Change of Perspective
Most paintings of this time had archways in the background facing parallel to the viewer, but this painting has them at an angle.
Nearly all paintings in Jeesun's "Road" series show great use of perspective, but this one works buildings - both parallel and perpendicular - that add a sense of depth to the image.
All of Doyang's photograph have a unique 360 degree perspective. Would be great to see a painting like this.
Uses overlapping arches to great effect. Reminds me somewhat of M.C. Escher's work.
Drawing a road going over a hill opposite the viewer can pose a challenge to artists, but Peter Doig accomplished it very well.
Taking the concept of a vanishing point and turning it on its head, this piece actually has arrows to guide the viewers' eyes down the hall until an abrupt left turn.
Abstract pieces tend to play with artistic concepts, and perspective is one of them. Here we have a guitar on table, but it's tough to tell if we're looking at it from the side or above. Maybe both.
This is an excellent example of the use of a vanishing point. The lines on the tracks, river and farm all line up to the center of the painting, from which a train approaches.
One of my favorites, Degas shows off his master of perspective by painting an isometric view of a billiard room.
Columns and arches are always popular for artists of this time period as they provide a simple way of lining up structures.
Inorganic circular structures can pose a challenge to paint, especially from the inside - to say nothing of the people, chairs and columns which must be just so. Repin manages to pull it off.
Though this piece is very good on its own, what really stood out to me was the light from the ceiling - you can see it shifting as moves across different architecture in the background.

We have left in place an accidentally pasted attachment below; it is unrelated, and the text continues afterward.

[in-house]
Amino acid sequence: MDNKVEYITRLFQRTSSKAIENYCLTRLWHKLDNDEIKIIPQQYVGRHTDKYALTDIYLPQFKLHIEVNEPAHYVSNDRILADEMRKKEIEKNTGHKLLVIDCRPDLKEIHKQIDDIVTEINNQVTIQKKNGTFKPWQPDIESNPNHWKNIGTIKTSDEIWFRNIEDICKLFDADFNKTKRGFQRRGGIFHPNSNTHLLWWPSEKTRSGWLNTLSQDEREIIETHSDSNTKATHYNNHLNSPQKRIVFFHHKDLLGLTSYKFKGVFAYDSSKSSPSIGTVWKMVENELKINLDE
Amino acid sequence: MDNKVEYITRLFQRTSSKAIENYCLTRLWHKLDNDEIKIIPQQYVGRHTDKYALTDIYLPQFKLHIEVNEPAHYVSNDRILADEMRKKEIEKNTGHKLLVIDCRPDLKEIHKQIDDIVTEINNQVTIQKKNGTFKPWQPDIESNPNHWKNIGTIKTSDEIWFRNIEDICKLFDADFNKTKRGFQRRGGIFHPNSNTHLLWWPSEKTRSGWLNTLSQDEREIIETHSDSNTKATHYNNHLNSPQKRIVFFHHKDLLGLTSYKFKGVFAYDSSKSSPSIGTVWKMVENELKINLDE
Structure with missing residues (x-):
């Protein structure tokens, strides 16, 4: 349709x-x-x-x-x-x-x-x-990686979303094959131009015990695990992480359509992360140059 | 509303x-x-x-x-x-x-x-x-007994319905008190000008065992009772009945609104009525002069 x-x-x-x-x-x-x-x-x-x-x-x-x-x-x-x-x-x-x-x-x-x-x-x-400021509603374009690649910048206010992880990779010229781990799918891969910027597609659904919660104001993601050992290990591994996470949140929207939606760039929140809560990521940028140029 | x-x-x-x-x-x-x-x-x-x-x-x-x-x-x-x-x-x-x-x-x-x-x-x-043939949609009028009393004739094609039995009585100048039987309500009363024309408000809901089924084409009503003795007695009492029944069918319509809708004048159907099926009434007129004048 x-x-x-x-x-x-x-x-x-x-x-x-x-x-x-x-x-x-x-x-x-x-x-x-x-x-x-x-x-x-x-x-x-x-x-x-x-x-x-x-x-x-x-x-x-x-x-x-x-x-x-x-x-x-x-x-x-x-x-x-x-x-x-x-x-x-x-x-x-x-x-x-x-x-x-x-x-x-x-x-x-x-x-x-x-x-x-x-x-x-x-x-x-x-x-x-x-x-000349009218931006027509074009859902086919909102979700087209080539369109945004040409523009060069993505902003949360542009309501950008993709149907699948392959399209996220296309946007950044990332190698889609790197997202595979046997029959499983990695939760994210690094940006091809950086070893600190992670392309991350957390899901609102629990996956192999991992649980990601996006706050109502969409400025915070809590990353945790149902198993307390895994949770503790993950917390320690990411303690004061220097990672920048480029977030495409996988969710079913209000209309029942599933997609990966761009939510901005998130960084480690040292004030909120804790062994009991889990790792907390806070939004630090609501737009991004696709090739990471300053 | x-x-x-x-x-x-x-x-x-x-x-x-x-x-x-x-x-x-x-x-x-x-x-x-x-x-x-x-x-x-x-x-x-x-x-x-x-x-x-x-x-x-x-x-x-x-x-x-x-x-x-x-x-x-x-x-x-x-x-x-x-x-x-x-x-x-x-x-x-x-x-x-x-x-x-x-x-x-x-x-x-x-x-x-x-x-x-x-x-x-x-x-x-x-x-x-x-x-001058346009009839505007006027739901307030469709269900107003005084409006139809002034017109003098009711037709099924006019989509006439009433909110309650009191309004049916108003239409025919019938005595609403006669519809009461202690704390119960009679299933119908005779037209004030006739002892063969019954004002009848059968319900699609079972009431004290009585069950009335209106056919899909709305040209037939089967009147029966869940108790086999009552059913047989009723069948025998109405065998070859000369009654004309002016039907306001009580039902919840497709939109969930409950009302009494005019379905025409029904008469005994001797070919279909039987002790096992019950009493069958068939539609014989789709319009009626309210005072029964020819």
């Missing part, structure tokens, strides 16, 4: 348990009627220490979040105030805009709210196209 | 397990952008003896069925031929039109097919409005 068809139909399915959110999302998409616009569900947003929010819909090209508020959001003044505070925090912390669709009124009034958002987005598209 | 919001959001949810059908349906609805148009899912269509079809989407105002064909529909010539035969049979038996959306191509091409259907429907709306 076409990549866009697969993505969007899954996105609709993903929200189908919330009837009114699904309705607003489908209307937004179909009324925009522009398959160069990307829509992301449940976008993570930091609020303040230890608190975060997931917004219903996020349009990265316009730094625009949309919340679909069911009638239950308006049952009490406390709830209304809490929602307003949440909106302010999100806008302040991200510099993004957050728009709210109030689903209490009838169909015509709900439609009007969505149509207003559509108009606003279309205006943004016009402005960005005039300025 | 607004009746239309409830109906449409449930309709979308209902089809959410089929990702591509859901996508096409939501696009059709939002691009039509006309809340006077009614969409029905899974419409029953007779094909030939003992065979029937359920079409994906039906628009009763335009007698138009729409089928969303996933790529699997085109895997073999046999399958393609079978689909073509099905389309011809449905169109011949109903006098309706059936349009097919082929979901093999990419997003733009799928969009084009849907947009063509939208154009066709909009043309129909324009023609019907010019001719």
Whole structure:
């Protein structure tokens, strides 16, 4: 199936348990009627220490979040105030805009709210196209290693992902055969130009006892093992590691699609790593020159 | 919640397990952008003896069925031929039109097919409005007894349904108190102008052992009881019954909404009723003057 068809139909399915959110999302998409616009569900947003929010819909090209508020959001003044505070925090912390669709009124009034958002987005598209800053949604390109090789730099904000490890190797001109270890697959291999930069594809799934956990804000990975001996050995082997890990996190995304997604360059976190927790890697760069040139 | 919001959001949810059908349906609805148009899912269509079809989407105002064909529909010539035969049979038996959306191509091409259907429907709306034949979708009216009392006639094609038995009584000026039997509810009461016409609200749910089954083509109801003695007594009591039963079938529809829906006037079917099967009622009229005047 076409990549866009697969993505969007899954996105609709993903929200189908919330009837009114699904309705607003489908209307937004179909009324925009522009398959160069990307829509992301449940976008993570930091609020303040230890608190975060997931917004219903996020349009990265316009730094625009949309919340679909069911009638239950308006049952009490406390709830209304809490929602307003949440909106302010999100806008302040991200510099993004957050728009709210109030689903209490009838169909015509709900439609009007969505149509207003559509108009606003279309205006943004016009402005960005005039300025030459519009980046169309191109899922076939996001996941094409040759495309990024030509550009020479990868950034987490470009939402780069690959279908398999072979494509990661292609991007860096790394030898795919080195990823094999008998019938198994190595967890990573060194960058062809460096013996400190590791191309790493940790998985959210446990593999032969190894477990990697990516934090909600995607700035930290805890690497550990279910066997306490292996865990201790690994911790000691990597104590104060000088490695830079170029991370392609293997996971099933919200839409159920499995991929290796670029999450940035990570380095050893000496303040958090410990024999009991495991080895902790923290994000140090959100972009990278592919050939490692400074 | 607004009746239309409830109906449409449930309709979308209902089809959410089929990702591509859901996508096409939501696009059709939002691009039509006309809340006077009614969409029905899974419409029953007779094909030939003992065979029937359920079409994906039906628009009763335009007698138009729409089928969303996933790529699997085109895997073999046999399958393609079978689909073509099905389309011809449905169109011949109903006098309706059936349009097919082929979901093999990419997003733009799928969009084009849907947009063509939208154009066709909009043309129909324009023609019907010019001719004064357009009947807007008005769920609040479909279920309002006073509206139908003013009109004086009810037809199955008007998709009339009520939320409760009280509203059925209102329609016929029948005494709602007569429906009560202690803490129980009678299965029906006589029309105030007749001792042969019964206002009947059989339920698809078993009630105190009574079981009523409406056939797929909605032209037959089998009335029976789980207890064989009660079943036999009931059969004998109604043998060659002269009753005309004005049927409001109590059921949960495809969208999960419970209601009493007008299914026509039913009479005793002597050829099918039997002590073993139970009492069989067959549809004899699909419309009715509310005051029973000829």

This painting combines a unique view with classical elements of perspective, making it another of my favorites. I wonder if he drew it from memory or had them pose?
This piece looks almost surreal in its execution. Due to the fisheye perspective, the room looks as if it is melting away. Or the artist was hallucinating, which could very well be the case.
Good use of perspective is very important for art, whether realistic or surreal. However, It is a necessity for architecture. Here we see more arches and columns, all framing a vanishing point.
Credits: All media
This user gallery has been created by an independent third party and may not always represent the views of the institutions, listed below, who have supplied the content.
Walker Art Gallery, Liverpool
Korean Art Museum Association
The Kröller-Müller Museum
National Gallery of Art, Washington DC
Minneapolis Institute of Art
The State Russian Museum, St. Petersburg
Gemäldegalerie, Staatliche Museen zu Berlin
The J. Paul Getty Museum
Musée d’Orsay, Paris
Imperial War Museums
Museo Reina Sofia
Palace of Versailles
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